Parties push for 14 changes to charter
Three coalition parties and the opposition are making a unified stand to strip the Senate of its power to take part in selecting a premier by seeking to alter the charter through 14 amendment drafts.
The Bhumjaithai, Democrat and Chartthaipattana parties along with the opposition bloc on Wednesday filed 14 drafts between them seeking to rectify multiple sections in the constitution.
Between them, they have outlined many different key areas in the charter they want changed.
However, they are united in pressing for an amendment to Section 272 to keep the Senate from joining MPs in electing a prime minister.
Both the opposition and coalition parties submitted the 14 draft amendments to Parliament President Chuan Leekpai on Wednesday.
The number of drafts filed corresponds to the number of issues which the parties have targeted for the constitution rewrite.
Chinnaworn Bunyakiat, deputy chief government whip and Democrat Party MP, said that apart from stripping the Senate of its prime ministerial voting powers, three parties were looking to improve the 20-year national strategy plan and push for better protection of civil liberties and consumer rights.
Other issues included restoring the two-ballot electoral method, restricting the choice of prime ministerial candidates to those nominated by parties or MPs, reverting back to requiring the backing of two-fifths of parliament to launch a charter amendment bid, and better decentralisation of power.
Mr Chinnaworn said the coalition parties would support opposition drafts which they find agreeable.
Mr Chuan said on Tuesday that parliament will convene on June 22-24.
On June 22, it will deliberate a backlog of legislation, including the referendum bill.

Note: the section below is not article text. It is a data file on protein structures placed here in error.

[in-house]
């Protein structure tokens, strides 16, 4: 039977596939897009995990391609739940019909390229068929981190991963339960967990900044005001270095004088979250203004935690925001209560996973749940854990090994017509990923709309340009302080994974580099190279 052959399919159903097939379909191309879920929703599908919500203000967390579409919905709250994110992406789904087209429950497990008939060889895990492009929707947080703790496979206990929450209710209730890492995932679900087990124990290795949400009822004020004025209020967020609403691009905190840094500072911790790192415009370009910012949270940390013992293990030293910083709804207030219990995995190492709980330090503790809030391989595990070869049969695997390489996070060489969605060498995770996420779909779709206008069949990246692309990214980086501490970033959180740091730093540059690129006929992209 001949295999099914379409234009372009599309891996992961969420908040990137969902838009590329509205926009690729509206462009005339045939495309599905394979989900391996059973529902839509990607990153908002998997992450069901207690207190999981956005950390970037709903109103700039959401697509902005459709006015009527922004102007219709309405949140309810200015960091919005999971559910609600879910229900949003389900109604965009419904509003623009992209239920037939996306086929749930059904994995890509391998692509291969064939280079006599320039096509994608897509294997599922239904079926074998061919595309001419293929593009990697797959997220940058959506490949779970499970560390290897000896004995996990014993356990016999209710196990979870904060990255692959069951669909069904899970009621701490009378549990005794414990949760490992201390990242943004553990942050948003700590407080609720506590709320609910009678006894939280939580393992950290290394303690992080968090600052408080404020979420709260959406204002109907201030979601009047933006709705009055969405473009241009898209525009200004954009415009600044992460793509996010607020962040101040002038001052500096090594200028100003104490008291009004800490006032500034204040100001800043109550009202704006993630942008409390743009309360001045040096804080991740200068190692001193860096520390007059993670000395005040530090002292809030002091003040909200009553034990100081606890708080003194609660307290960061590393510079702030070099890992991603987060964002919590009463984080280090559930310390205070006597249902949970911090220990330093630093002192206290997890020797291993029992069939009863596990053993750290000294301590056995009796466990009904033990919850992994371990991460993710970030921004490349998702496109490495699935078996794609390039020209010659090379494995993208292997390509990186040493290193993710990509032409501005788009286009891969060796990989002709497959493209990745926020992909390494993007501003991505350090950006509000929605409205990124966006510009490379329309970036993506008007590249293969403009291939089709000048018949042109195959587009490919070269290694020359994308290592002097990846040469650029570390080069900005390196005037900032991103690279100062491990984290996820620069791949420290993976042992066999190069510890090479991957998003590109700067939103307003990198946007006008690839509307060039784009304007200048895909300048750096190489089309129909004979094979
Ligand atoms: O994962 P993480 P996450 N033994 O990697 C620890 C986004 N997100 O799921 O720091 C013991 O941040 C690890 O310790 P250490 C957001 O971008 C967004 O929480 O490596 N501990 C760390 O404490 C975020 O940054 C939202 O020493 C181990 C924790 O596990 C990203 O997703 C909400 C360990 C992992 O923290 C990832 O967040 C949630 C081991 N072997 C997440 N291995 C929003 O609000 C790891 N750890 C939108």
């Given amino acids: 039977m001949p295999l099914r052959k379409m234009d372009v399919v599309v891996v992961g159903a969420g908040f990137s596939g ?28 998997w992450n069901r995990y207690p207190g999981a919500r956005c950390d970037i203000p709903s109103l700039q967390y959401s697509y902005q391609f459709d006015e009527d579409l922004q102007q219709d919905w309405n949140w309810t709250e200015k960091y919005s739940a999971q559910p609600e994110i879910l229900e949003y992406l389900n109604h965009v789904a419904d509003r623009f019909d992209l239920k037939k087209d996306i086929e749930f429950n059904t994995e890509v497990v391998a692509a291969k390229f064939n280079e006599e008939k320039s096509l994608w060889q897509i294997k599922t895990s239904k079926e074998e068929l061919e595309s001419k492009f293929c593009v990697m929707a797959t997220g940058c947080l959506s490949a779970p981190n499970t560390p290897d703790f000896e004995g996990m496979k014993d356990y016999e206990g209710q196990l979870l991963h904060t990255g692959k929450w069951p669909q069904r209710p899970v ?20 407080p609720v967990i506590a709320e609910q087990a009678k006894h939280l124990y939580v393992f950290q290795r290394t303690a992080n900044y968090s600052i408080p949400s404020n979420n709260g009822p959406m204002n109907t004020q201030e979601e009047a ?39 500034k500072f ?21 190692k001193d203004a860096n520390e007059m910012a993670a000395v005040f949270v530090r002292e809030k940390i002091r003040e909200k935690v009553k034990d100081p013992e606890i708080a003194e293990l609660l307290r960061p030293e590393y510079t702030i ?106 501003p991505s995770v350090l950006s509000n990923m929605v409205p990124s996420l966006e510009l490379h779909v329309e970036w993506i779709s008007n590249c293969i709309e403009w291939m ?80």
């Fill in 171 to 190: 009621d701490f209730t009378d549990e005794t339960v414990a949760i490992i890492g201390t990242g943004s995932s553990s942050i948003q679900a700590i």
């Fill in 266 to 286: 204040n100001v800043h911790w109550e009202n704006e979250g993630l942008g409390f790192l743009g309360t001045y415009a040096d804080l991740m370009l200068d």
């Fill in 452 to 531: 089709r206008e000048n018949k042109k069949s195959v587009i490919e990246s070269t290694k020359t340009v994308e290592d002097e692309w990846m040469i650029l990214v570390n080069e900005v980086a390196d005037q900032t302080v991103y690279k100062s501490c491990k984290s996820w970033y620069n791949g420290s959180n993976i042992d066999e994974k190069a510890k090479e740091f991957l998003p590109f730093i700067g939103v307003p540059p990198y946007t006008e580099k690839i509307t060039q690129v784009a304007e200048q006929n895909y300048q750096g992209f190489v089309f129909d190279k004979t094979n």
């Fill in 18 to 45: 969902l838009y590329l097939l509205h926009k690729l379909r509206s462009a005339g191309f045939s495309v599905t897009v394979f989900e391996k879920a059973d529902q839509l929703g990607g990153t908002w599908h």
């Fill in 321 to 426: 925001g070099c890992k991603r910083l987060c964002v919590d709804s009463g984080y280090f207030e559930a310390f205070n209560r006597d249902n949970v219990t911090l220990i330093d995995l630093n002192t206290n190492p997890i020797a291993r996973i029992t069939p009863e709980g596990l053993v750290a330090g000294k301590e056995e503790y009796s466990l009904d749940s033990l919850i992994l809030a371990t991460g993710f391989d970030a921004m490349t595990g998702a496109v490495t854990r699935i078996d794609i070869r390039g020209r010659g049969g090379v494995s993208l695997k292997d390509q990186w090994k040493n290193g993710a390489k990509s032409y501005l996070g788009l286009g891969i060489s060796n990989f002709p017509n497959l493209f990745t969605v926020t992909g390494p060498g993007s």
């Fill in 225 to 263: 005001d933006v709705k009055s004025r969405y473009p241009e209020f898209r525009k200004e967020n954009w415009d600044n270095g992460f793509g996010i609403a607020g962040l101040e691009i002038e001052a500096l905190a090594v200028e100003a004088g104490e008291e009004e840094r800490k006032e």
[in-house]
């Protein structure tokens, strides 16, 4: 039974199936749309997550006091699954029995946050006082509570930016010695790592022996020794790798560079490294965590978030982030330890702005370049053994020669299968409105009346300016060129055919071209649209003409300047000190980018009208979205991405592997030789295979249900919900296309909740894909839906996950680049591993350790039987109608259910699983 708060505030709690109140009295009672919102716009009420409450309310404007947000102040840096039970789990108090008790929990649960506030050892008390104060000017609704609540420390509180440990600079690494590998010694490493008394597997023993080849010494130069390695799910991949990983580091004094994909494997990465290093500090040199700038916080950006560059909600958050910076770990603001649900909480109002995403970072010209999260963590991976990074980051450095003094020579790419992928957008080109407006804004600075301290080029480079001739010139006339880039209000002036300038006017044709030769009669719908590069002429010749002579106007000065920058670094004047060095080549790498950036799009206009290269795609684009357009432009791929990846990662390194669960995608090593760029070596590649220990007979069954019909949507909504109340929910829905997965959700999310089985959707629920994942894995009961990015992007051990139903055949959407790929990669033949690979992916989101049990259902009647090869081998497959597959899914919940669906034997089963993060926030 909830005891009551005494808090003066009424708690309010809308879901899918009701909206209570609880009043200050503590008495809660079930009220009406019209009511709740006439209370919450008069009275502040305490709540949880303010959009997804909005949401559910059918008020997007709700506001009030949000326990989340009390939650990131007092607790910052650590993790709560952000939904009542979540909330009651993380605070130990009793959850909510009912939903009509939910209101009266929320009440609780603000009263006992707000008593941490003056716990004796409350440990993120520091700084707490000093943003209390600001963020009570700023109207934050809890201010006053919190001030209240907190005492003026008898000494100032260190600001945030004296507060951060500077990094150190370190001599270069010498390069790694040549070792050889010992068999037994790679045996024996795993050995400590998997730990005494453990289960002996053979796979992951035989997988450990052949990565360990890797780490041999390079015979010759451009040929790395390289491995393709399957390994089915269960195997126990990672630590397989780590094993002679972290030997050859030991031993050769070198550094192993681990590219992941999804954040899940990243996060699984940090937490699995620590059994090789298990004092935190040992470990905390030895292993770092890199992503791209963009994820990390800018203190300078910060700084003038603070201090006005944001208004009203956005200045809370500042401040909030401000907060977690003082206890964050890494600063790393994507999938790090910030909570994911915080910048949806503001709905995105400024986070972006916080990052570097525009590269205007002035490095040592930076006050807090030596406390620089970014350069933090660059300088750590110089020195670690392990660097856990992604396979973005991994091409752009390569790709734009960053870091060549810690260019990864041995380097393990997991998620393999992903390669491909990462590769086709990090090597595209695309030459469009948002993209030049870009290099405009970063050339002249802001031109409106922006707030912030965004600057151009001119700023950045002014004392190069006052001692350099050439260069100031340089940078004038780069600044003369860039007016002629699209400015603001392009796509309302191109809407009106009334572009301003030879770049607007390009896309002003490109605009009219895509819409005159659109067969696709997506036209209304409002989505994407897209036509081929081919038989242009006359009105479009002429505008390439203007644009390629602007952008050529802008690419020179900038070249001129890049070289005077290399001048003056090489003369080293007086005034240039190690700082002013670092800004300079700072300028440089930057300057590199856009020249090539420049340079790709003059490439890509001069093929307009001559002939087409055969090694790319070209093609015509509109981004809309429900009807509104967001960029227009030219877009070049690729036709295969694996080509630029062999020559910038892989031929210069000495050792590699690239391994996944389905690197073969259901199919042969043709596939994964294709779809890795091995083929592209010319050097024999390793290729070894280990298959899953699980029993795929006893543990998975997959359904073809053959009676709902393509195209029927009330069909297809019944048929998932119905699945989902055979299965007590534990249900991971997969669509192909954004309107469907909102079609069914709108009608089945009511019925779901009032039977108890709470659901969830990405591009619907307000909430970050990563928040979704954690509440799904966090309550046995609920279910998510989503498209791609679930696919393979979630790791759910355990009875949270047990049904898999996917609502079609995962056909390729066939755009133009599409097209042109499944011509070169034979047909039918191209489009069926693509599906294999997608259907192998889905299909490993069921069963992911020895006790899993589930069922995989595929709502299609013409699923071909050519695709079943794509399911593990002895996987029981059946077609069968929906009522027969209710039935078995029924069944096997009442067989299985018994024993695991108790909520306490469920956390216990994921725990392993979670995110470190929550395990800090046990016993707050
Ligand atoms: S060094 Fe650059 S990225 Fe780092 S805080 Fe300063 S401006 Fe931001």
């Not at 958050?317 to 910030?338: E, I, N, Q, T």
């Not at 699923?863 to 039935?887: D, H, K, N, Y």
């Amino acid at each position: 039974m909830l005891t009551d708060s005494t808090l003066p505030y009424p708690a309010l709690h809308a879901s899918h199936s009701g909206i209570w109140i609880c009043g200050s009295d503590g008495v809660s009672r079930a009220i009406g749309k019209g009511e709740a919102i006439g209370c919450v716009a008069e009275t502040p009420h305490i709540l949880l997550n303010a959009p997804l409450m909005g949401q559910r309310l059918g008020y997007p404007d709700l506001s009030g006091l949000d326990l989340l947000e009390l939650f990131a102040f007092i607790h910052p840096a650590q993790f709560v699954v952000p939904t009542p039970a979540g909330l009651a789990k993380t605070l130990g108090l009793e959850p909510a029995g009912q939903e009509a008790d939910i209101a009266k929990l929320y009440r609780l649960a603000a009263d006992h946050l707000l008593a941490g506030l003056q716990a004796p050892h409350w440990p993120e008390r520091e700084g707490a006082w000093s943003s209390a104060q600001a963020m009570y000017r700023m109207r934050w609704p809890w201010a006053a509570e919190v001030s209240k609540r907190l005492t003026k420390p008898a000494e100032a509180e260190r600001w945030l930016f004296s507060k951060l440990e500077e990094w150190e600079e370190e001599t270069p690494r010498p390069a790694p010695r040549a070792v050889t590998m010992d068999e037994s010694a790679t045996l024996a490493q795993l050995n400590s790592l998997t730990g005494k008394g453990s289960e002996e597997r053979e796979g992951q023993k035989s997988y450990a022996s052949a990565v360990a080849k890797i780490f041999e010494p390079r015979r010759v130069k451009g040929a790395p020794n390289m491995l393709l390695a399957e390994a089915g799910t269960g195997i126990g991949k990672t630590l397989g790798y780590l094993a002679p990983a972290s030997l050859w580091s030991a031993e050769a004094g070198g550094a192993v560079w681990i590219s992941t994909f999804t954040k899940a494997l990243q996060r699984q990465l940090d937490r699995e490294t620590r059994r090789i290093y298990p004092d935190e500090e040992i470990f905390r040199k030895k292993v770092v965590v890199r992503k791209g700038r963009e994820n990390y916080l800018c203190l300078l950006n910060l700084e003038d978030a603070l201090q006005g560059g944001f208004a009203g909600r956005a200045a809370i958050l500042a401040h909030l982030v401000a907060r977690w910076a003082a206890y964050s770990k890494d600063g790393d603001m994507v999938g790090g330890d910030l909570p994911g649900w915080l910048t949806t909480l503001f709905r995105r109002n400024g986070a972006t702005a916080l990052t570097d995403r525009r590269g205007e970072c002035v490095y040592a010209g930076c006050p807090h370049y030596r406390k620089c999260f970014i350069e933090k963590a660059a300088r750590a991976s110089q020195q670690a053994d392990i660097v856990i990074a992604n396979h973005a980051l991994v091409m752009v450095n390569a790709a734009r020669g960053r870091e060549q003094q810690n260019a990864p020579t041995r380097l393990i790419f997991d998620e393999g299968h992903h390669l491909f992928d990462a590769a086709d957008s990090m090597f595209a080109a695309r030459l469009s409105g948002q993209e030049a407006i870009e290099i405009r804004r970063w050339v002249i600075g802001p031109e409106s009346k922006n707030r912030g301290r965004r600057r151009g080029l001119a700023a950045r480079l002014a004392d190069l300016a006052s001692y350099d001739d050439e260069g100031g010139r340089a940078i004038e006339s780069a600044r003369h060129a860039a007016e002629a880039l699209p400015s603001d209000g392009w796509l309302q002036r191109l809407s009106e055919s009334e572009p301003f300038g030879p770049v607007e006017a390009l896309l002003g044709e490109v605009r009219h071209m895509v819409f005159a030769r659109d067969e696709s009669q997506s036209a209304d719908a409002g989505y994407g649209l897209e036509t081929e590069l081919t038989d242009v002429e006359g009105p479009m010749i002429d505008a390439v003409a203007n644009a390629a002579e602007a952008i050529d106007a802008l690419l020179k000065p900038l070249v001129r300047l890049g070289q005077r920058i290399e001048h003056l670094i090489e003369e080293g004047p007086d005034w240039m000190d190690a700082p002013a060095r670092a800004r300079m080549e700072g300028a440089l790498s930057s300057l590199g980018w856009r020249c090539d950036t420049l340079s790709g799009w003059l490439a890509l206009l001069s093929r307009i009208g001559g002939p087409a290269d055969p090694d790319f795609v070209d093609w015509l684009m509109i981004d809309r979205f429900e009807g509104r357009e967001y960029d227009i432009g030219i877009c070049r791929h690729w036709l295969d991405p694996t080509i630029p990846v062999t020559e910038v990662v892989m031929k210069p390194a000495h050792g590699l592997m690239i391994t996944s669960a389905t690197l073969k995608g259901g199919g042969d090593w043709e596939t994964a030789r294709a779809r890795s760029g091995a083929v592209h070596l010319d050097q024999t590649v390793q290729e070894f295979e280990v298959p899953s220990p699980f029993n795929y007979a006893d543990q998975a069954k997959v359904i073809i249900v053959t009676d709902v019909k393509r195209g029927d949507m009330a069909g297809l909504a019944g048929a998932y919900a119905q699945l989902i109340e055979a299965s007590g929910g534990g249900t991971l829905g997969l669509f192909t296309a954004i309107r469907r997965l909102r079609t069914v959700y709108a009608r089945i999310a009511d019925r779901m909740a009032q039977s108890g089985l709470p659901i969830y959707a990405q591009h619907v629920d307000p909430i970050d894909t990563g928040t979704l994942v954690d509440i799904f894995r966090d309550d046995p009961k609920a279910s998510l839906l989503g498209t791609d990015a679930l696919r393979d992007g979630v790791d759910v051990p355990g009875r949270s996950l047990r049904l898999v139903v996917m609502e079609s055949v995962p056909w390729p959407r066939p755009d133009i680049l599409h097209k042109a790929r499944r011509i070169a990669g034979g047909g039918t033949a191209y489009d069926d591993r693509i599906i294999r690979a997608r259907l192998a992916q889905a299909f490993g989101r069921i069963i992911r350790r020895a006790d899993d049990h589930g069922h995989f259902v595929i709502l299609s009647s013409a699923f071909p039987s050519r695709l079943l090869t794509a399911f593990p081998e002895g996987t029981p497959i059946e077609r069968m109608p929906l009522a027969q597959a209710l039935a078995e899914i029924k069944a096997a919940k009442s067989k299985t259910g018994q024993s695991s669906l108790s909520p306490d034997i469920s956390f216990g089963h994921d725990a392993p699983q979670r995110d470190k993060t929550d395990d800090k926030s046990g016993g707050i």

The following day, it will proceed with charter amendment motions submitted by both the government coalition parties and opposition bloc.
Mr Chinnaworn said a House debate on the draft amendments will precede a vote to admit them in the first reading. During the debate, parties sponsoring each draft will explain the reasons for their proposed amendments.
After that, the drafts will be up for scrutiny, a process spanning up to 45 days, before they are put to a third and final reading and vote.
Also, Supachai Jaisamut, a Bhumjaithai list MP, said his party wanted the charter to specify the state's role in providing a universal minimum income guarantee for citizens.
The 20-year national strategy must be revised to keep abreast with the changing world while the Senate must be made to relinquish its prime ministerial selection power, he added.
Meanwhile, opposition leader Sompong Amornvivat led the opposition parties as they tabled their five amendment drafts to Mr Chuan in parliament on Wednesday.
The opposition was represented by the Pheu Thai, Move Forward and Seri Ruam Thai parties.
Among items in the five drafts the opposition seeks to rewrite is Section 256 which involves replacing the current charter.